Canadian researchers have developed a way of quickly producing the mineral magnesite, which forms through the spontaneous absorption of carbon dioxide from the atmosphere at room temperature. Such a material might be a boon in "scrubbing" exhaust fumes of the greenhouse gas. Ian Power of Trent University, Ontario, and colleagues hope that one day their approach might be taken up to the industrial scale to make it possible to remediate atmospheric CO2 levels.

Actively removing carbon dioxide from the atmosphere might be one way to reduce the potentially devastating effects of rising levels of the gas due to human activity, such as burning fossil fuels. Materials that absorb the gas could be one solution that at sufficient scale might lead be viable for scrubbing flues or even in geoengineering. One naturally occurring material, magnesite, can remove around half a ton of carbon dioxide from the atmosphere per ton of mineral. However, the rate of formation is very slow.

Speaking at the Goldschmidt Conference in Boston this year, Power explains that "Our work shows two things. First, we have explained how and how fast magnesite forms naturally." Natural magnesite crystallization at low temperatures has been known for many years but remained unexplained in the weathering of ultramafic rocks, such as peridotite. This is a process which takes hundreds to thousands of years in nature at Earth's surface. "The second thing we have done is to demonstrate a pathway which speeds this process up dramatically," adds Power.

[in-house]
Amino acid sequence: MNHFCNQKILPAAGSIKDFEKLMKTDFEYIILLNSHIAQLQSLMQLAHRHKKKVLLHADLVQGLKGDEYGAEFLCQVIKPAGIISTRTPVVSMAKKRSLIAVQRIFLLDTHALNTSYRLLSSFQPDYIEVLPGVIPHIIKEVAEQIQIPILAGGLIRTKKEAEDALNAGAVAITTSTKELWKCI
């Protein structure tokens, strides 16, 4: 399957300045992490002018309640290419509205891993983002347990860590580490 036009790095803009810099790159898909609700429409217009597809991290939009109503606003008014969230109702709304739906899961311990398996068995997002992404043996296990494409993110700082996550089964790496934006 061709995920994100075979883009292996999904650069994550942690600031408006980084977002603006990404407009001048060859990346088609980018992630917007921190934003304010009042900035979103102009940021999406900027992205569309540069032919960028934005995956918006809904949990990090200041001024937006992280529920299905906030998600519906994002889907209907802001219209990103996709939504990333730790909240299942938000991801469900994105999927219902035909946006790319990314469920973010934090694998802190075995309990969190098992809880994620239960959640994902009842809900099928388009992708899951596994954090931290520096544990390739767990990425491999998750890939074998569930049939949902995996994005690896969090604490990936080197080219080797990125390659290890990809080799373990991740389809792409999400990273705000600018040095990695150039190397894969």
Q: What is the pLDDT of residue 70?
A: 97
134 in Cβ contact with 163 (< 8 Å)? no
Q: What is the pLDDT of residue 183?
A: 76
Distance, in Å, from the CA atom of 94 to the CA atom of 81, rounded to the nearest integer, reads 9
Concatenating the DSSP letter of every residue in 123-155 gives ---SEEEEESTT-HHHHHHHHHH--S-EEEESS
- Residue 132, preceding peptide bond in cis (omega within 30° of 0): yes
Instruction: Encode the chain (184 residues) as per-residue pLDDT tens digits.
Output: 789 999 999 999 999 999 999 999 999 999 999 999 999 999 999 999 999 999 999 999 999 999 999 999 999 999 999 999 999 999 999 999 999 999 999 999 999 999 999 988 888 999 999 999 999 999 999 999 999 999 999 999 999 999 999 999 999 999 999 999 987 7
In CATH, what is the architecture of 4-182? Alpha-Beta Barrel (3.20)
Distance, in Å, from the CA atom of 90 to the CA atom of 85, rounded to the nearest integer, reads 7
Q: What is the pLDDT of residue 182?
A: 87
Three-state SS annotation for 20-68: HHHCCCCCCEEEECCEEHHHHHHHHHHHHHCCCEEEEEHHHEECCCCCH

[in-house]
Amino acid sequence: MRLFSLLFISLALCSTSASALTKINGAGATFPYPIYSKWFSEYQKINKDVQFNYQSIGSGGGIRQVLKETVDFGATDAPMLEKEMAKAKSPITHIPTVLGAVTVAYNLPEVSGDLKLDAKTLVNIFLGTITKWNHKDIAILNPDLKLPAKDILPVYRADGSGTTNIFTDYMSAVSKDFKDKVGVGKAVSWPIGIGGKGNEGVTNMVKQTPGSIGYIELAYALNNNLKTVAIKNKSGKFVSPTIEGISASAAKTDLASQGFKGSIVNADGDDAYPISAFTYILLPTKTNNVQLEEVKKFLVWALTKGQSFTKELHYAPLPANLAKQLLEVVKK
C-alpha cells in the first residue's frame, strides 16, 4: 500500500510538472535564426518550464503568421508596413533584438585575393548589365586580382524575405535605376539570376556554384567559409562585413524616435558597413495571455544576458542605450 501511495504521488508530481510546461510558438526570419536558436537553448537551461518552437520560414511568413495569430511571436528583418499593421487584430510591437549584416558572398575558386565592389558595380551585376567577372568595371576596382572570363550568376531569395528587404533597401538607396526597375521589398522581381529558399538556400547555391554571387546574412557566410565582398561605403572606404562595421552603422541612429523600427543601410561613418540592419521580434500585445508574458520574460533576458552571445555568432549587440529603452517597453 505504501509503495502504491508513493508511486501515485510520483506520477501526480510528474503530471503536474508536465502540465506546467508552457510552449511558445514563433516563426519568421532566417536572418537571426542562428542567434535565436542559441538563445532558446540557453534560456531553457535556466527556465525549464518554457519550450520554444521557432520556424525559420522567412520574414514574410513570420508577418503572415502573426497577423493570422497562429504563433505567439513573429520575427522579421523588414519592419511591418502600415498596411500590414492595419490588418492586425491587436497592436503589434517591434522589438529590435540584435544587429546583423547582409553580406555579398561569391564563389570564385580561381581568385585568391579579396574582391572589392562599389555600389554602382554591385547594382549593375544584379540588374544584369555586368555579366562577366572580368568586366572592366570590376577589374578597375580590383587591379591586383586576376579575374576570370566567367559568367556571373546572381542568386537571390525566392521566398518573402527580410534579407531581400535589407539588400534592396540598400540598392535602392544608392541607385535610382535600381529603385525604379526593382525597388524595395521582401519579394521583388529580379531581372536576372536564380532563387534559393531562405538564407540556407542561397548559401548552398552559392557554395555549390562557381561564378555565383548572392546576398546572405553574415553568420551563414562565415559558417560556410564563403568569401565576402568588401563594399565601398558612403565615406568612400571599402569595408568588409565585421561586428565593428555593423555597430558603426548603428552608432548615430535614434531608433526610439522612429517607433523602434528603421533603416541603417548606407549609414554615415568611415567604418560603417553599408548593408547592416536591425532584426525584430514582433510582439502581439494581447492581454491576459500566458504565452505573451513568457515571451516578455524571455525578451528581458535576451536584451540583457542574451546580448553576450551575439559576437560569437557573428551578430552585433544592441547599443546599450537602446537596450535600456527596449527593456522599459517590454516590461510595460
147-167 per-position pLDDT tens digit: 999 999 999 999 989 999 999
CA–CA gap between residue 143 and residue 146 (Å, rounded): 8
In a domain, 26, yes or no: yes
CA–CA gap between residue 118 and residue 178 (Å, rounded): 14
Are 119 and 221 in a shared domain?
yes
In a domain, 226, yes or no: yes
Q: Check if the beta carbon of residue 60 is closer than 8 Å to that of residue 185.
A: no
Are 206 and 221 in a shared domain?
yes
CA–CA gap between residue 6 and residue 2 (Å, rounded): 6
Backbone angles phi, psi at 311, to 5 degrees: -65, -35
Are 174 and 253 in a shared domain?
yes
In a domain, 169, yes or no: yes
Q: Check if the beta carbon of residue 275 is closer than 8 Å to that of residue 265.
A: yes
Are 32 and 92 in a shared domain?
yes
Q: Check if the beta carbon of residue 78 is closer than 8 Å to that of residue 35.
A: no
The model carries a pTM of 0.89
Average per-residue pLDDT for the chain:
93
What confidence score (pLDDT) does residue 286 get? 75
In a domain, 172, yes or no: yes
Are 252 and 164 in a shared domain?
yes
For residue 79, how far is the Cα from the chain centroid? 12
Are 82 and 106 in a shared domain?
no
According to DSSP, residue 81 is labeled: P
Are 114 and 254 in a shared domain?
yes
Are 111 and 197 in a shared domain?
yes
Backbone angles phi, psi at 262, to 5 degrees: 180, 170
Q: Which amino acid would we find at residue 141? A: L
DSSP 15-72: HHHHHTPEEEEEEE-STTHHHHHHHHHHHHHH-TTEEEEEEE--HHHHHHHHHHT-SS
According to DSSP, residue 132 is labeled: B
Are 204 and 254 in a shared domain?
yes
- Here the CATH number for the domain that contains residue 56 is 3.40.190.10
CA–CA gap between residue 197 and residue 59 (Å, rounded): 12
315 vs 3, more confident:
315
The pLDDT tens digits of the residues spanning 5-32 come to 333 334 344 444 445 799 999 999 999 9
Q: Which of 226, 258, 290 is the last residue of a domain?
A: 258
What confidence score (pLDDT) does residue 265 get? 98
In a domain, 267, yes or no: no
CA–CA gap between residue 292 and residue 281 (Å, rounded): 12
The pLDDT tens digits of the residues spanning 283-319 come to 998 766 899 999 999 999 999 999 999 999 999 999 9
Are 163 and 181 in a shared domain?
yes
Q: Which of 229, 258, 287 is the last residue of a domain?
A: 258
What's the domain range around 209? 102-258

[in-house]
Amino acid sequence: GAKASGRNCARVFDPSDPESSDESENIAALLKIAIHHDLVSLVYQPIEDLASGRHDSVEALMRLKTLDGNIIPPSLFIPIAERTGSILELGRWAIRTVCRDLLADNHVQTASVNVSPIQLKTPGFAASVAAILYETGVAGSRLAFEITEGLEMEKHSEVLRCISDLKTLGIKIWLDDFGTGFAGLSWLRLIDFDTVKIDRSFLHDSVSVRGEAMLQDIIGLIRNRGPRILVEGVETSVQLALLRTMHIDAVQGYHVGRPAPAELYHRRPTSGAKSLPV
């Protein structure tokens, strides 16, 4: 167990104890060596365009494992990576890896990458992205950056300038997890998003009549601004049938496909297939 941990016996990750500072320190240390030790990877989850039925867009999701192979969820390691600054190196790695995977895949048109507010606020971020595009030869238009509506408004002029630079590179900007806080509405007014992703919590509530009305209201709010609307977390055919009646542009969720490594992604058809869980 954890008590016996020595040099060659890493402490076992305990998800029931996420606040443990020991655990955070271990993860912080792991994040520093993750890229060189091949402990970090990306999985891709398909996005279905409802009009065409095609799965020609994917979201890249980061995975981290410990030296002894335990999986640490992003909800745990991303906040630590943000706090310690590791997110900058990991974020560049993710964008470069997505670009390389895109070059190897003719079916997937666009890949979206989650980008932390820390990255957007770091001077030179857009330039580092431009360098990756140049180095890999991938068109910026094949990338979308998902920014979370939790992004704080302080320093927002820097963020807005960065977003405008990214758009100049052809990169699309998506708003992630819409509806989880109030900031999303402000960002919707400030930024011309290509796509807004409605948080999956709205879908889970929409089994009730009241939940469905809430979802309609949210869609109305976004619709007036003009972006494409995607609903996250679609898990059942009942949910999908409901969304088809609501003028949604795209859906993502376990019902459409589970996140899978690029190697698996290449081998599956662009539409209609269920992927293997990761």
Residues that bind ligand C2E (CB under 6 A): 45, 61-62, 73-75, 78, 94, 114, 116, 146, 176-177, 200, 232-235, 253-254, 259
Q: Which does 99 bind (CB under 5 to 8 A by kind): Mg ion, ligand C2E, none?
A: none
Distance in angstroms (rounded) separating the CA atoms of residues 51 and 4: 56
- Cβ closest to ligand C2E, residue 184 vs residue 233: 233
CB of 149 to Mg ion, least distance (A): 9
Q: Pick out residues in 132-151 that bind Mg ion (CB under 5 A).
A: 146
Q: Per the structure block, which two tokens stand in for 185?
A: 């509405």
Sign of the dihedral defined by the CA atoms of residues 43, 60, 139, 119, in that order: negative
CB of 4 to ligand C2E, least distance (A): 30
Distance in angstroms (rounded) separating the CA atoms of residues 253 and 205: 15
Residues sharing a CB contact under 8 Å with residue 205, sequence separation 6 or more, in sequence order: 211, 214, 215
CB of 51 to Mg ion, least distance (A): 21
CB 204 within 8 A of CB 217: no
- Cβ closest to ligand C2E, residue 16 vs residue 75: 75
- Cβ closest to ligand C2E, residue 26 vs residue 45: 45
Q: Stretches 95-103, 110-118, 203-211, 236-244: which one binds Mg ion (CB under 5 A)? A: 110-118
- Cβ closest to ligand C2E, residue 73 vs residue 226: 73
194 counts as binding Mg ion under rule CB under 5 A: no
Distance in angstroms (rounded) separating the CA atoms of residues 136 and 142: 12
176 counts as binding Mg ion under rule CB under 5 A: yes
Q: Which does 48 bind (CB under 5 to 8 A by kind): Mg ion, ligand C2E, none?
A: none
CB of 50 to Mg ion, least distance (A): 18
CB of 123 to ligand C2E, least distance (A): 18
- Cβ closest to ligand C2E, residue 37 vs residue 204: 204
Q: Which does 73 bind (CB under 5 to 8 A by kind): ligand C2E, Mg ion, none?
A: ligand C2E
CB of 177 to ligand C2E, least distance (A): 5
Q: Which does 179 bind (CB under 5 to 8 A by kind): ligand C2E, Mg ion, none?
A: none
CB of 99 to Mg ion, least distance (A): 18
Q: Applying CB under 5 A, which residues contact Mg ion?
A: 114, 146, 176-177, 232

The researchers used polystyrene microspheres as a catalyst, to accelerate the rate of magnesite formation to within 72 days. The microspheres are essentially unchanged by the process and can be used again. Using microspheres means that the team could speed up magnesite formation by several orders of magnitude. "This process takes place at room temperature, meaning that magnesite production is extremely energy efficient," Power adds.

At the moment, the process is simply a proof of principle. It works only at the laboratory scale at the moment, but the team hopes that the process could be scaled up for carbon sequestration technologies. Of course, the production of the microspheres and the requisite industrial plants, transport and storage facilities would have to be offset against the carbon dioxide they themselves would generate to make the approach to carbon sequestration worthwhile. Regardless, Power points out that we now know that the science makes it do-able.

David Bradley blogs at Sciencebase Science Blog and tweets @sciencebase. His popular science book Deceived Wisdom is now available.